In 1823, John Sullivan, who was then the British Collector of Coimbatore, built his stone house in Ootacamund. Subsequently, Europeans made a beeline for the Nilgiri Hills, or Blue Mountains, in their quest for a retreat to escape the summer heat. Initial experiments for tea cultivation commenced in the Ketti Valley in 1853, and commercial production was first undertaken in the Thiashola and Dunsandle Estates in 1859. Over a century later, Glensmorgan emerged as the first estate in South India to produce green tea in 1969.
Nilgiri tea is named after the Nilgiris, or Blue Mountains, where it is grown at elevations ranging from 1,000 metres to 2,500 metres. The mountains get their name from the saxe-blue kurinji flower, which blooms once every 12 years. The region receives annual rainfall of 60 inches to 90 inches. The weather conditions provide Nilgiri teas with a characteristic briskness, exceptional fragrance and exquisite flavour. The liquor is golden yellow in colour, provides a creamy taste in the mouth and has notes of dusk flowers. Nilgiri tea has also been registered as a GI in India, and around 92 million kg of this tea are produced every year – around 10 per cent of India’s total tea production.Top
Today, the Annamalais, a range of hills with altitudes from 900 to 1,600 metres between Kerala and Tamil Nadu, have around 12,000 hectares under tea cultivation. The mountain range is also home to the Tea Research Association, which is managed by UPASI. Until the late 19th century, this area was largely inundated with tropical forests. Two enterprising individuals - Carvesh Marsh and C.R.T Congreve – first visited the Annamalais in 1857 and attempted coffee cultivation at Paralai. Tea plantations started much later in 1908.
The tea from Annamallais generates a brisk and bright golden saffron liquor in the cup. It has a strong flavour and a medium to high tone fragrance with biscuit to floral notes. It is regarded as the ideal refresher early in the morning.Top
Like Annamalais, planters started with coffee cultivation in Wayanad in 1845. The first tea plantation was set up over a few acres at the New Hope estate in Ouchterlony Valley in 1874. A gold rush commenced in Wayanad in 1880s, which lured overzealous speculators into buying out coffee and tea plantations in Cherambadi, Devala and Pundalur and setting up mining companies. The mining companies went bust eventually and tea cultivation was back in the reckoning in 1897 at the Wentworth estate, which was previously owned the Wentworth Gold Mining Company. Soon, the business begin to revive and Wayanad is now well known for its tea plantations.
Tea from Wayanad is medium toned with a clean fragrance and produces an earthy reddish, full bodied liquor in the cup. The liquor is light on briskness and mild and mellow with biscuit notes.Top
The state is the coffee hub of India, but also produces around 5 million kg of tea every year. Tea plantations are mostly located around Chikmagalur, which is located in the Baba Budan Hills of the Sahyadris range. It has a clean and healthy climate that’s ideal for tea plantations.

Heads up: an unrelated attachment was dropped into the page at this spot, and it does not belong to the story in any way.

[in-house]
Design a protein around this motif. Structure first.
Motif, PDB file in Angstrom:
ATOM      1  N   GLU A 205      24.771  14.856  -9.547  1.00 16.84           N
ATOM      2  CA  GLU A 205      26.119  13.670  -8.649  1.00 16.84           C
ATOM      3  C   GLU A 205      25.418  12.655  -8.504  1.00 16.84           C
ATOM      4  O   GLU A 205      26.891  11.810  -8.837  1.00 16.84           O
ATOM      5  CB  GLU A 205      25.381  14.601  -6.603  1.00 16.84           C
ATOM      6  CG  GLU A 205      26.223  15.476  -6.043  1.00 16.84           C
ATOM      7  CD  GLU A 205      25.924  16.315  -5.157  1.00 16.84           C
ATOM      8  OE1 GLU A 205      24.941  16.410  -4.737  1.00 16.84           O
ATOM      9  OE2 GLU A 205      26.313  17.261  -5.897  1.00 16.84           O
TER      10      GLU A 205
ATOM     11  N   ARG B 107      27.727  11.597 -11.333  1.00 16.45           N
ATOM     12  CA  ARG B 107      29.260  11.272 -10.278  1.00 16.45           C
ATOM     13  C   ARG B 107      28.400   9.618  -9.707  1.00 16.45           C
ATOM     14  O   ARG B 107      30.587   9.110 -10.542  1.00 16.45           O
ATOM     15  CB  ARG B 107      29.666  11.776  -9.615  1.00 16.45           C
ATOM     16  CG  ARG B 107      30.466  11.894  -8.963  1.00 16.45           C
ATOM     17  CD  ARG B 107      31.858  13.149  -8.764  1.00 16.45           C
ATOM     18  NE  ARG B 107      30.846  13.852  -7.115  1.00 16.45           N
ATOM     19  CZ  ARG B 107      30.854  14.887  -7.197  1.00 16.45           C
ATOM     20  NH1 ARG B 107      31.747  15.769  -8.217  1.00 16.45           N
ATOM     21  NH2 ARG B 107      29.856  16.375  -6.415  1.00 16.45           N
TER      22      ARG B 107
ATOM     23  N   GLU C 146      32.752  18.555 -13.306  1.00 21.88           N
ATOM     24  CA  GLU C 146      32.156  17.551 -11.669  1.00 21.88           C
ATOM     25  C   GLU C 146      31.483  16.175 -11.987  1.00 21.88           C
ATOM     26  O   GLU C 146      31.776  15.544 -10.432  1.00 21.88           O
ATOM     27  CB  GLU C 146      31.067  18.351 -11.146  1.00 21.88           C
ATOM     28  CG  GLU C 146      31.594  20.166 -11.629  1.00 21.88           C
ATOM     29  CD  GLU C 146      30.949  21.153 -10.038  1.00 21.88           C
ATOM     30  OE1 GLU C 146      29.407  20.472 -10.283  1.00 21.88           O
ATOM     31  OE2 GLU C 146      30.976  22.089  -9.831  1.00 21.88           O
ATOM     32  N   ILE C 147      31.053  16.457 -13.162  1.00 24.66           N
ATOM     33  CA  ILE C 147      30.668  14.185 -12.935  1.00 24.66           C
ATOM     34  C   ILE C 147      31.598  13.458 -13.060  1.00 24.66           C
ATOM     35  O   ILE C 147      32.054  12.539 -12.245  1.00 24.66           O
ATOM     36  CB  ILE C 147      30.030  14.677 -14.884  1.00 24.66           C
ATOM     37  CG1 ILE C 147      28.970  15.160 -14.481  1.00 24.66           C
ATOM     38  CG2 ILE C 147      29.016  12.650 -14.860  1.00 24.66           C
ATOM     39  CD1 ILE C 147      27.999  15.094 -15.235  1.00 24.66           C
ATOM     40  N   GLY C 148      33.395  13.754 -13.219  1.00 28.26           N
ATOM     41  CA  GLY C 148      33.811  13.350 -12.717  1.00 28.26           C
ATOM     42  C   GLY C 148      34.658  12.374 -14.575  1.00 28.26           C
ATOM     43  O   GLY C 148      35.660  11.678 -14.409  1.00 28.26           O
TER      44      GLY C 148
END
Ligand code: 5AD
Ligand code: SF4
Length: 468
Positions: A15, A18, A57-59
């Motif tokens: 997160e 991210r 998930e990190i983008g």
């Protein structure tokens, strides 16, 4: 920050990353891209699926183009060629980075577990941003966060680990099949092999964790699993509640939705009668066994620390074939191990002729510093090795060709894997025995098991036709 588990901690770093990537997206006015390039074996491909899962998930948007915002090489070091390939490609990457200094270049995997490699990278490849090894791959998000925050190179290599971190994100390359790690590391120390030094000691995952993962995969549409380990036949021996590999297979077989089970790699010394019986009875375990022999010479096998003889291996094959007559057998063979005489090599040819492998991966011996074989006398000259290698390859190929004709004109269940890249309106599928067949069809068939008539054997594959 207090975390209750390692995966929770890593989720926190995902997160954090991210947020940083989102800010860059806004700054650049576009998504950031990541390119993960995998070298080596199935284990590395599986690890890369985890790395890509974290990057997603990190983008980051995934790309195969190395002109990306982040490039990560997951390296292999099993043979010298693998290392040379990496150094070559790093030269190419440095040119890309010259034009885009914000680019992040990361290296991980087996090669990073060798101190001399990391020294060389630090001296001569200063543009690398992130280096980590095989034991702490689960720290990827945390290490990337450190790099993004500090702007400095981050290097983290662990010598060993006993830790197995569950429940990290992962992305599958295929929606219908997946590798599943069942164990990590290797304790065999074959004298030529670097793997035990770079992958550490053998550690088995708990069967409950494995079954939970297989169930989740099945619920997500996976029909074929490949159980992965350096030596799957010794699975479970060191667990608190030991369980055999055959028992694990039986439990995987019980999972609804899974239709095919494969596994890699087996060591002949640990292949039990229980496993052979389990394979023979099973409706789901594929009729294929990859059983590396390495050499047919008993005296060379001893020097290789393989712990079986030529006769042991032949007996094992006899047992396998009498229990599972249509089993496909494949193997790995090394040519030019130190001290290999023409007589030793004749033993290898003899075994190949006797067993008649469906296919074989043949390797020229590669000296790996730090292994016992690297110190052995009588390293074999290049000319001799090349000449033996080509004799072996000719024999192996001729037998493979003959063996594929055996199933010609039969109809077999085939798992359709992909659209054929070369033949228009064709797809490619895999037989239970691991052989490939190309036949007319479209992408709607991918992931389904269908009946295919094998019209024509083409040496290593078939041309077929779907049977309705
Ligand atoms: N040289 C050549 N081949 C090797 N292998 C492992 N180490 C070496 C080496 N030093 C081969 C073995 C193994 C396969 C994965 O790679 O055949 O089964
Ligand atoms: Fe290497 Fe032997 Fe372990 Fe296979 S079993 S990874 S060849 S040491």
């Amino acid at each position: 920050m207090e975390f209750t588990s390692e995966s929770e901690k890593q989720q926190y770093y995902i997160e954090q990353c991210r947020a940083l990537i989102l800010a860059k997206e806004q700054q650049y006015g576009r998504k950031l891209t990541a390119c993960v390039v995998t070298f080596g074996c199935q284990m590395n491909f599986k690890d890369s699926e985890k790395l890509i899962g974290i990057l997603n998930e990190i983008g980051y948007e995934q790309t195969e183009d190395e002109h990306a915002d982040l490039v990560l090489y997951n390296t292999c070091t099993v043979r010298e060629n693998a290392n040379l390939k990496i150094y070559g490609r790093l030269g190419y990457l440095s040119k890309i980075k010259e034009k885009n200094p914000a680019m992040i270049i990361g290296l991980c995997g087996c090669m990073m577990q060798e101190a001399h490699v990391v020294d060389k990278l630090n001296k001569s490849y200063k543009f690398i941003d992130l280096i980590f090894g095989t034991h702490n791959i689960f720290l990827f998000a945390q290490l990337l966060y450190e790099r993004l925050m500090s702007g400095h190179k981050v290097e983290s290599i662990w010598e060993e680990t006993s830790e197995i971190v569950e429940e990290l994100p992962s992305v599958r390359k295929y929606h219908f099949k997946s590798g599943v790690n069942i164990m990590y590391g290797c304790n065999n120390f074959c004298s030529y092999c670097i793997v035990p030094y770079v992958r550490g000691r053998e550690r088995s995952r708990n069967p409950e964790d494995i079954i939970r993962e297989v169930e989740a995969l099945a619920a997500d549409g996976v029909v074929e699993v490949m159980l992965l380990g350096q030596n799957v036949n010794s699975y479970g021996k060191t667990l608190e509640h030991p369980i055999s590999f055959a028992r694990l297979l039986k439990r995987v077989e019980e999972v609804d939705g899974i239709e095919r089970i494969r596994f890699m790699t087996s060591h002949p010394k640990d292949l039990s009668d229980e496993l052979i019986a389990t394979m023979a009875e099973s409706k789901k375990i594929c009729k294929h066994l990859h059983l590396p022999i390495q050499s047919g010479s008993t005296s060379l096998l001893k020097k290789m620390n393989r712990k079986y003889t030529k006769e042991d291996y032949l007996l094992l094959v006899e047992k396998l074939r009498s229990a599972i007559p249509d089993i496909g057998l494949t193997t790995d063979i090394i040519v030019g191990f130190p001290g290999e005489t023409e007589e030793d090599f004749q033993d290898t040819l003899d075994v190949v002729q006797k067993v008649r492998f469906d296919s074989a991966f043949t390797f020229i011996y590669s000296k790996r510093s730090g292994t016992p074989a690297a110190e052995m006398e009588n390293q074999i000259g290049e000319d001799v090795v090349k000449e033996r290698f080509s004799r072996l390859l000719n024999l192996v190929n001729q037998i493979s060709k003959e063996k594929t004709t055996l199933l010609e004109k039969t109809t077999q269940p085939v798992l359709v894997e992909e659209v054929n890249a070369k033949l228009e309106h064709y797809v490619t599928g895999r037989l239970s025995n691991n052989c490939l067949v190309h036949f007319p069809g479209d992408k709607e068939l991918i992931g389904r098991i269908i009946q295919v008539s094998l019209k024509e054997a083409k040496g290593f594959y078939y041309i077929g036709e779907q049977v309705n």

Teas from Karnataka produce a golden ochre liquor with a fair amount of briskness and body. They have a simple, balanced character and are medium toned. You can consume these teas multiple times a day.Top
Situated at a height of 6000 feet in Idukki district, the quiet, serene and beautiful hill station of Munnar is viewed as a dream destination away from the hustle and bustle of city life. It has beautiful valleys, mountains, waterfalls, and forests and wildlife sanctuaries teeming with exotic species of flora and fauna.
Tea was first grown in Munnar by A H Sharp in the 1970s. European company Finlay took over 33 tea estates in Munnar in 1895, and transferred management control to Kannan Devan Hills Produce Company in 1897. Tata Group and Finlay formed a joint venture in 1964, and tea plantations under the Tatas were transferred to a new company - Kannan Devan Hills Produce Co Pvt Ltd in 2005. This company now manages 16 estates over an area of around 8,600 hectares.
Tea from Munnar produces a golden yellow liquor with strong body, refreshing briskness and a hint of fruit. It has a clean, medium toned fragrance, which is described as being akin to that of sweet biscuit in a dip of malt.Top
Vast expanses of plantations of tea, coffee, coconut, rubber, pepper, cardamom, rubber and eucalyptus are visible in the periphery of a high altitude region near Travancore – consisting of Peermade (which lies 85 km east of Kottayan), Vagamon, Thekkady and Vandiperiyar. The Periyar river flows through this region and it was once the summer retreat of the Maharaja of Travancore.
Coffee production was started by J D Monro in 1862, and tea production started two years later. After the dreaded leaf disease began to hit coffee plants in 1875, the focus shifted rapidly towards tea cultivation. By 1906, tea plantations covered 8,000 acres, while coffee farms were reduced to just around 500 acres. This tea has medium fragrance with reddish liquor and yellow tinge. It has a balanced body and briskness – ideal for the elevenses (the British urge for tea and a light snack at around 11 am) and also for evening time.Top